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(Schmidt, 1862)

Species Overview

Hymedesmia (Hymedesmia) veneta (Schmidt, 1862) is a thinly encrusting sponge originally described from the Mediterranean, but subsequently recorded only twice, from the W coast of Ireland and the S coast of England. Its live colour is unknown, but it stands out among the other Hymedesmia species in the small size of the chelae (microscopic examination).

Taxonomic Description

Colour: Cream-white in the dry state.
Shape, size, surface and consistency: Thinly encrusting. Size up to about 1 cm2. Surface smooth. Oscules small.
Spicules: (Hymeniacidon armiger spics) Megascleres: Ectosomal tornotes fusiform, oxeote: 175 x 3 µm; acanthostyles entirely spined, in a large size range but not divisible in categories: 75-220 µm. Microscleres: Arcuate chelae 12-17 µm.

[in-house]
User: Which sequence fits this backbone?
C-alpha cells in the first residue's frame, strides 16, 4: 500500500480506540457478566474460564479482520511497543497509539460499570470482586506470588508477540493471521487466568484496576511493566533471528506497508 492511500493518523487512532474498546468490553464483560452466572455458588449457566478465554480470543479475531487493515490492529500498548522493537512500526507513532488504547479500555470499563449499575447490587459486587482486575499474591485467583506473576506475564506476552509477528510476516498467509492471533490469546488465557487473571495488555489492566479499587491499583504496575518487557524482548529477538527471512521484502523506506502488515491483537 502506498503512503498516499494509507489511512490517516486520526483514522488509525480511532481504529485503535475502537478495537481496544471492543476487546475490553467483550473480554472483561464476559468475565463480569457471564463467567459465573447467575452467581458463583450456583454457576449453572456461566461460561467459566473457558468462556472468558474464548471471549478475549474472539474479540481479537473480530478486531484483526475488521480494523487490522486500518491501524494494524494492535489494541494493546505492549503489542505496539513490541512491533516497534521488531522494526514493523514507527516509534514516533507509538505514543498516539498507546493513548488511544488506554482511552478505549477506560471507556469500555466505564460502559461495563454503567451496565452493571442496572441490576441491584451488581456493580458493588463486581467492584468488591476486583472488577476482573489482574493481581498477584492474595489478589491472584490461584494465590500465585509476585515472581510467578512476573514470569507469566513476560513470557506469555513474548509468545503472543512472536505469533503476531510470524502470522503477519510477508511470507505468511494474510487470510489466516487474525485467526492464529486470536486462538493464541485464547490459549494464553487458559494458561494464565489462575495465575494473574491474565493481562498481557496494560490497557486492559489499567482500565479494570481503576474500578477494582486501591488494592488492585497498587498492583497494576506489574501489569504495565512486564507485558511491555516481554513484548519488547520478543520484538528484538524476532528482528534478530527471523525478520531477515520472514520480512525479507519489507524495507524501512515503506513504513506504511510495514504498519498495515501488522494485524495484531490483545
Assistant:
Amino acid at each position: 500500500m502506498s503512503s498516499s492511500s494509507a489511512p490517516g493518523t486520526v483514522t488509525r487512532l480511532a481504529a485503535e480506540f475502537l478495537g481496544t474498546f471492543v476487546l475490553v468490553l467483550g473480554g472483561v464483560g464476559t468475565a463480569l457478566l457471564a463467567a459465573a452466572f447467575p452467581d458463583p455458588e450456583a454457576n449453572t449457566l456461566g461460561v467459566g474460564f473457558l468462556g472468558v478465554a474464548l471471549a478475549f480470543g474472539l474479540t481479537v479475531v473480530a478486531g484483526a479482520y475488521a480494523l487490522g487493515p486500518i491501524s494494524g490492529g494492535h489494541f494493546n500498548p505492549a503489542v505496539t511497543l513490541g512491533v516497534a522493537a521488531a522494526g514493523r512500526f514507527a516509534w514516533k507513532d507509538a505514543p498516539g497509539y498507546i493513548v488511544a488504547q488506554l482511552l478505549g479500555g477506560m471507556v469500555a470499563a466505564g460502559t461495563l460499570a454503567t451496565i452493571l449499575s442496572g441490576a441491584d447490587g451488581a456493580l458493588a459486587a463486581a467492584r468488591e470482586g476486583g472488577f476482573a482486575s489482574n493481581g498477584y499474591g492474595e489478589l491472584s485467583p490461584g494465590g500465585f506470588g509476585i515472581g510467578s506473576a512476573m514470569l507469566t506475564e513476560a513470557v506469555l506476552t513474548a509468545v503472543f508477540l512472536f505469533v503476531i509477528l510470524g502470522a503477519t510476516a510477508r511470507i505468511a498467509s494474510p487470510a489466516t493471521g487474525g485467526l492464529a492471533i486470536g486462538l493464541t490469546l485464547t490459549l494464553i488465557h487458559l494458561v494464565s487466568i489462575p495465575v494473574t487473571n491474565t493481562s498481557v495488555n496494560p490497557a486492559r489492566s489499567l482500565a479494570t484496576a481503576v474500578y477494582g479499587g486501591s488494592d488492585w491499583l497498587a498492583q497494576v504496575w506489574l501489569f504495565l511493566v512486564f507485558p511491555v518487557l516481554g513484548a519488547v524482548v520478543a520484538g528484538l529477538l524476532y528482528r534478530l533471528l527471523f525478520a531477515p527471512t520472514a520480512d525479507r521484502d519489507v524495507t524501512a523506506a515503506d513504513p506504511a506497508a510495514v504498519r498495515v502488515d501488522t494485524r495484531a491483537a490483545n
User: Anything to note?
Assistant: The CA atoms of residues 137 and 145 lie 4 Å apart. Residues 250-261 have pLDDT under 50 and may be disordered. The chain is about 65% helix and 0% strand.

Skeleton: Presumably hymedesmoid, but described as confused.
Ecology: Encrusting maerl, shells etc.
Distribution: Roundstone, W coast of Ireland; Plymouth; Mediterranean.
Etymology: venetus (Latin) = sea-blue, presumably referring to the colour of the type.
Type specimen information: The type is in the Berlin Museum, ZMB 4605 (a slide is in the BMNH, reg.no. 1867:3:11:88)


The small size of the chelae form the characteristic feature of the species.
Source: Bowerbank (1882).

Hymedesmia veneta